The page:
{Confession of a PRetty Social Girl} Is the Recession Good for Gen-Y?

Image by Sasha H. Muradali. All Rights Reserved 2009.

It was the worst of times, it was the best of times in these cities to which we, Gen-Y, are living.

Back in the 1960s and 1970s, the Baby Boomers were described as flower children. They were radical, they wanted world peace, heck, they wanted to change the world. They were obsessed with the environment and hugged trees. This was a generation that felt they were entitled. Most of all, what was up with the fashions: bare bellies, shaggy hair and Twiggy eyes.

Whoa.

But wait a minute, does any of that sound familiar to you? Are the Boomers describing themselves when they describe us? I mean I don’t think my parents are so bad… I don’t know what they were like before I was born, but I think they turned out okay. So why can’t I?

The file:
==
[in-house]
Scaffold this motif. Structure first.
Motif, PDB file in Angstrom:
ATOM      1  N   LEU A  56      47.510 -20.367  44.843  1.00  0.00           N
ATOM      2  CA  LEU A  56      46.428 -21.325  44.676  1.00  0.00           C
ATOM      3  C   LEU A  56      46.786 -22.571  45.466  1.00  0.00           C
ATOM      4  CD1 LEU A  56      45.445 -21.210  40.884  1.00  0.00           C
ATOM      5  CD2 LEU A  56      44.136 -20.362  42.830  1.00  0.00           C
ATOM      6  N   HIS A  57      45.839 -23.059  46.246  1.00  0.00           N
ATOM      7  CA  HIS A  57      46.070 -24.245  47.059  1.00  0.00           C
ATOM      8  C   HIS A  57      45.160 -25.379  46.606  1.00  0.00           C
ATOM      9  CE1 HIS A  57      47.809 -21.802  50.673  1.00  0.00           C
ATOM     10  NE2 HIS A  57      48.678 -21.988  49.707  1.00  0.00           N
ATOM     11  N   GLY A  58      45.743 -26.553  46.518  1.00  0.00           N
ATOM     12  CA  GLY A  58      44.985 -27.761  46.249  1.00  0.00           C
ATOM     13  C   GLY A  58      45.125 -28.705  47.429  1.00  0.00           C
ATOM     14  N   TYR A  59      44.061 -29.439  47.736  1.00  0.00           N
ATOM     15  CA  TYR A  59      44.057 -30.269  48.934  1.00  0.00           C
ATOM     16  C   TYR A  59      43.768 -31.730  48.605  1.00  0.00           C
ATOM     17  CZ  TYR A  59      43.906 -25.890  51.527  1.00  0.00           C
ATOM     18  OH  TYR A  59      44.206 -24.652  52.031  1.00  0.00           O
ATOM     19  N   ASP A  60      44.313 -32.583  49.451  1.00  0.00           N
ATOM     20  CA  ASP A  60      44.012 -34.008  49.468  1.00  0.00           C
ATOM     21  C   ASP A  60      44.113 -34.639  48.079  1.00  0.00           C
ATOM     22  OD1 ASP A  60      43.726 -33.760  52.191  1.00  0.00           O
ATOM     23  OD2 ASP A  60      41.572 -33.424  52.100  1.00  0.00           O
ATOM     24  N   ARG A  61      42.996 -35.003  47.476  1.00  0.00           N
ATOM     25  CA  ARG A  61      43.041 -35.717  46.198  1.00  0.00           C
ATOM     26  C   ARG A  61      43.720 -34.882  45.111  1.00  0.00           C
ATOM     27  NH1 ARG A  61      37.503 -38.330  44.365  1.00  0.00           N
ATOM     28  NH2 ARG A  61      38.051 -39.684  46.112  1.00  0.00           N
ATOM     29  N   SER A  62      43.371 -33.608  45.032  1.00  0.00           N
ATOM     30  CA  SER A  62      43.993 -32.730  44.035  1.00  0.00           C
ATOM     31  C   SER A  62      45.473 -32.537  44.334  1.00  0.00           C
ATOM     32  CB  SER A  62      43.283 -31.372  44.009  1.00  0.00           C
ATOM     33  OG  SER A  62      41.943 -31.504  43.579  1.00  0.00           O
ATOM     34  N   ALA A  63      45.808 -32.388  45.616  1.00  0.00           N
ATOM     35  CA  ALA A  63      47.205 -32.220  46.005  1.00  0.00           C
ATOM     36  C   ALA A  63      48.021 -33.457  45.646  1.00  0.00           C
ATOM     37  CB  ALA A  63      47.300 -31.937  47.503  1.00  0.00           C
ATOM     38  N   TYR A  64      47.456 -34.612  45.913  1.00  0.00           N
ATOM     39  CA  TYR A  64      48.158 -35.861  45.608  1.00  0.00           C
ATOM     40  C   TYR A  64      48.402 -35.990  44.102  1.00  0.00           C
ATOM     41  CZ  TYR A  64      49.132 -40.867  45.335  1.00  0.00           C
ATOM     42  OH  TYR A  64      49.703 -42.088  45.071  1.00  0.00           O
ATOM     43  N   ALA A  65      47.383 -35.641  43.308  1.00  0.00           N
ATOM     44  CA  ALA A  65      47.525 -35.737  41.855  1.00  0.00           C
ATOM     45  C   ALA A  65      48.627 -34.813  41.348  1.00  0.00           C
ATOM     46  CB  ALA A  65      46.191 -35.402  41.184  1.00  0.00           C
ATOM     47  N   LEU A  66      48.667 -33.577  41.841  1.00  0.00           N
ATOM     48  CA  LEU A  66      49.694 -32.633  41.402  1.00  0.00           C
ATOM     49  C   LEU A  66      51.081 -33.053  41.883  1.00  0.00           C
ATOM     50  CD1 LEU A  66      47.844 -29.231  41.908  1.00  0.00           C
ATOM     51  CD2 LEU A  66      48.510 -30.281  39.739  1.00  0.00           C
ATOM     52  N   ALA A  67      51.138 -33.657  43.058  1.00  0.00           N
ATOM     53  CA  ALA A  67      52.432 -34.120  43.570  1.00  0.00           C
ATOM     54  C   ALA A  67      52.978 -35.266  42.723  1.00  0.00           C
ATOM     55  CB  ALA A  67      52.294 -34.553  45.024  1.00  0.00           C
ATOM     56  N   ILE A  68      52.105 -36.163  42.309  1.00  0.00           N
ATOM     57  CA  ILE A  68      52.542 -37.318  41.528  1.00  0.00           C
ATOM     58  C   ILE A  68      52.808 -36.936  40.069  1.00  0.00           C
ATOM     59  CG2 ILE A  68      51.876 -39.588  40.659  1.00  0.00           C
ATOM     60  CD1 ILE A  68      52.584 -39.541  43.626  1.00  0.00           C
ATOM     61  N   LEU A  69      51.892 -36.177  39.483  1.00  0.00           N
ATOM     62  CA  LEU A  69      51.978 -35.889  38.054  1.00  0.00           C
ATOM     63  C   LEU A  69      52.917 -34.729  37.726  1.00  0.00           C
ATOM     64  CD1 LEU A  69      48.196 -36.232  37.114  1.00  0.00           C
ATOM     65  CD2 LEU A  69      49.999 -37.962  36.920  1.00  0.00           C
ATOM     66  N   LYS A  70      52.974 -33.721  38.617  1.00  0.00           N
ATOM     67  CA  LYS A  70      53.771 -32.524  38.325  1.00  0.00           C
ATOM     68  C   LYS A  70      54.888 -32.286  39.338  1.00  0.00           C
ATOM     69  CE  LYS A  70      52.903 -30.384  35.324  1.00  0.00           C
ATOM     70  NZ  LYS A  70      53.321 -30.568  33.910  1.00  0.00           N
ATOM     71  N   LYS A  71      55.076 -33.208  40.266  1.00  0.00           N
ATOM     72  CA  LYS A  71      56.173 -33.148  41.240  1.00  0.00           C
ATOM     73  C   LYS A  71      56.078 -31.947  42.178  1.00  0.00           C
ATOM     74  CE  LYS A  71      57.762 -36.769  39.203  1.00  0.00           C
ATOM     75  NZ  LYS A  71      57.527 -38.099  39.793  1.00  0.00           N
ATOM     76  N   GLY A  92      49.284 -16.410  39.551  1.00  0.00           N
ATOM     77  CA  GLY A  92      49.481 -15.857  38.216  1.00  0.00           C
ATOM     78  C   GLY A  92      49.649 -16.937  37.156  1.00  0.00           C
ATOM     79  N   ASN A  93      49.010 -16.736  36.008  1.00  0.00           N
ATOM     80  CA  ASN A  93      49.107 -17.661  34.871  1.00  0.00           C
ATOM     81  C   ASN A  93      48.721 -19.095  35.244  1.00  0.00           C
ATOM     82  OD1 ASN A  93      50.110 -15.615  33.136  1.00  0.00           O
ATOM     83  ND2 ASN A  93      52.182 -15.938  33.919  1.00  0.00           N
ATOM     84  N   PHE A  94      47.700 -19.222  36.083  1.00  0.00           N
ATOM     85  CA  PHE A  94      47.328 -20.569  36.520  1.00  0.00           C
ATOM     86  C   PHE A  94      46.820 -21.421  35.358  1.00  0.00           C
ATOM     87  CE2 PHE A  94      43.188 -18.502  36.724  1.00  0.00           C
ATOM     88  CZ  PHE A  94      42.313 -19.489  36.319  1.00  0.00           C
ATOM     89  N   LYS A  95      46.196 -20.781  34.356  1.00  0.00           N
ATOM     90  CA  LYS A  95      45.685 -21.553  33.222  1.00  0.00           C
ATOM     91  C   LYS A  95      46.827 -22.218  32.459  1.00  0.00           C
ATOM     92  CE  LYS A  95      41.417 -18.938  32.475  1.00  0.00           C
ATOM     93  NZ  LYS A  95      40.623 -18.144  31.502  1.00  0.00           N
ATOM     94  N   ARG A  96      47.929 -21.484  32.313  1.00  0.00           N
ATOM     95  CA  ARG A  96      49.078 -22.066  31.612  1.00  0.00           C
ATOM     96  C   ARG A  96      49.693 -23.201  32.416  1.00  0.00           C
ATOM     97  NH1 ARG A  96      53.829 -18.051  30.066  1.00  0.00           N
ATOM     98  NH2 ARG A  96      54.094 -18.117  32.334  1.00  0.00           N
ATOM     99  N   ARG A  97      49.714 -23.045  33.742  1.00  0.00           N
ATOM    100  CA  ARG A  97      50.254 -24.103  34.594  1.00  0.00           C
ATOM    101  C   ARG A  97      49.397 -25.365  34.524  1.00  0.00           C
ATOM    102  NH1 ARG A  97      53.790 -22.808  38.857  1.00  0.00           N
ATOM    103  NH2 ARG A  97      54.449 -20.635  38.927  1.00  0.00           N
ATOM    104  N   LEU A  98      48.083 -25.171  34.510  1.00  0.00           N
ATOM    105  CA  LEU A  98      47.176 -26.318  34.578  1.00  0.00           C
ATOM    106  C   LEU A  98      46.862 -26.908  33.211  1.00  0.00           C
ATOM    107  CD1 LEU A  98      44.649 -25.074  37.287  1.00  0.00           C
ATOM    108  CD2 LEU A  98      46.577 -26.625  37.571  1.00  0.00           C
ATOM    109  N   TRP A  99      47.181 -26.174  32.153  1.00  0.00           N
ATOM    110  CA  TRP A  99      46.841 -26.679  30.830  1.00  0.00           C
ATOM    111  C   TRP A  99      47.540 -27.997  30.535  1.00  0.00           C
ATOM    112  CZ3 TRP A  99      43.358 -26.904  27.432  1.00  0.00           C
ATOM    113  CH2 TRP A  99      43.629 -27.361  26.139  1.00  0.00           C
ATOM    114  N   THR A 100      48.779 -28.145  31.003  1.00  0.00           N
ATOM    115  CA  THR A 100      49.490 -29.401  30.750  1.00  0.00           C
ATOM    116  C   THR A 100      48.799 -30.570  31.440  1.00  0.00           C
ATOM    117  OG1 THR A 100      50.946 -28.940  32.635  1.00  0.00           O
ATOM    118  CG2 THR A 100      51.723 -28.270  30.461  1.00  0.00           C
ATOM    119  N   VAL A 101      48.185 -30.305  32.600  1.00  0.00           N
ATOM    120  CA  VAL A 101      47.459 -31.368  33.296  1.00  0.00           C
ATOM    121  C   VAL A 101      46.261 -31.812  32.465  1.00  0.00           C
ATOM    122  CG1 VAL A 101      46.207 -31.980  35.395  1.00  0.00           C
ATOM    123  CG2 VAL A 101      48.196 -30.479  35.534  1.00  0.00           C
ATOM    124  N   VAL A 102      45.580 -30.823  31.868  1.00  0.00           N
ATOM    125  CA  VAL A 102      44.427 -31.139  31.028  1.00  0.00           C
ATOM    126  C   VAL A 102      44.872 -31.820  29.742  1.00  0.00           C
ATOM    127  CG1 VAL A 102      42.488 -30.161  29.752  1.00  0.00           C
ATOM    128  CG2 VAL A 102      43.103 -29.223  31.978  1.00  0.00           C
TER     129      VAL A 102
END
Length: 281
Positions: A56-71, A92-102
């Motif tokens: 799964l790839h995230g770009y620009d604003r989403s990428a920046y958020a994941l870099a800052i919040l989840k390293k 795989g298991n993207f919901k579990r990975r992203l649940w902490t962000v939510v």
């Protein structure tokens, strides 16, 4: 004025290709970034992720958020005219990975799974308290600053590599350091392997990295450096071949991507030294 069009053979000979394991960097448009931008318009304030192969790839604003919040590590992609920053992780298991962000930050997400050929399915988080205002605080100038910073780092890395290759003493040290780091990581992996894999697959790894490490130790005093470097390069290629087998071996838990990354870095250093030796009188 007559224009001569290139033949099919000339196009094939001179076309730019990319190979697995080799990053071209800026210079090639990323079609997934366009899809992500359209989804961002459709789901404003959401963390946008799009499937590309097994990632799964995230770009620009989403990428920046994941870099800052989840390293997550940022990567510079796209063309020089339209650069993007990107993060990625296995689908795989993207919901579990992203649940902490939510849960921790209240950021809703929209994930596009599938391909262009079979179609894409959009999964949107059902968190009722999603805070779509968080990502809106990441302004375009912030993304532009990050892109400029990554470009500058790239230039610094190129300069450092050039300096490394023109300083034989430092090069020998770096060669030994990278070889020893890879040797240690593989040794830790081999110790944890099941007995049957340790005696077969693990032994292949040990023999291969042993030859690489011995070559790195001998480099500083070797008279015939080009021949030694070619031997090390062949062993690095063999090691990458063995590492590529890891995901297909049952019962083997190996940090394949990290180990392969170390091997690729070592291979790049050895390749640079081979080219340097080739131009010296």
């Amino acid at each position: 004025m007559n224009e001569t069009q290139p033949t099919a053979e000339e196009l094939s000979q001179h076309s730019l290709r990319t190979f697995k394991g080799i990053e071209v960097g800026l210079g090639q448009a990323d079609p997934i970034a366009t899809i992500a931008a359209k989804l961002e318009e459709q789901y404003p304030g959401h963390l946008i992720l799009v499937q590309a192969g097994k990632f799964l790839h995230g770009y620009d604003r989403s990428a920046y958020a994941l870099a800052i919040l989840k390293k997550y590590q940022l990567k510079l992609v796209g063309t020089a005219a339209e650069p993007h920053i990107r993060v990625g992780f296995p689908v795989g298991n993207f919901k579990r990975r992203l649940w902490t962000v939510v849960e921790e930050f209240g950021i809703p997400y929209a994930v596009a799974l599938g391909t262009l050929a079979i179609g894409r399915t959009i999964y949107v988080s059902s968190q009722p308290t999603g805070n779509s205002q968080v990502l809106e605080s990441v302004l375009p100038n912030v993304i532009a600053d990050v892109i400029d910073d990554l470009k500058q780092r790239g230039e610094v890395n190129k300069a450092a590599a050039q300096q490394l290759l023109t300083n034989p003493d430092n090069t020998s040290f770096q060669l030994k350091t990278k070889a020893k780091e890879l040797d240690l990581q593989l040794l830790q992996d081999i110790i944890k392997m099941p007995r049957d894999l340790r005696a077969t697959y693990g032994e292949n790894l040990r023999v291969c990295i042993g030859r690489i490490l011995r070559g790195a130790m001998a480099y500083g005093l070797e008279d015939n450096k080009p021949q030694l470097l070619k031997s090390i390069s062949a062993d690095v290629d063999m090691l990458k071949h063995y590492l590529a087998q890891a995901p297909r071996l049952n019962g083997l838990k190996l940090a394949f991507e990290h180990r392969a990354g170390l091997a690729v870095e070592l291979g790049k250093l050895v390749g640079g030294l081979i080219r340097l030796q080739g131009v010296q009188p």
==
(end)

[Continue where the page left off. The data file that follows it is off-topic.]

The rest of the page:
On that note, while the recession is a hindering factor in the job hunt for so many Millennials (80 Million Strong anyone?), maybe it isn’t such a bad thing?

Someone told me that I sounded more than frustrated recently and that maybe my hurt for the current state of affairs ran deeper that just frustration. I cannot say that they were right, but I cannot say they were wrong either. I feel like we have choices, and we make them the best that we can given our circumstances.

Karma has a funny way of going full circle and life has an even funnier way of working out. Go on a outlandish philosophical thought with me for a minute here…

The recession is trying us: our pockets, our freedom, our livelihood, our day-to-day activities; you name it.

Efficiency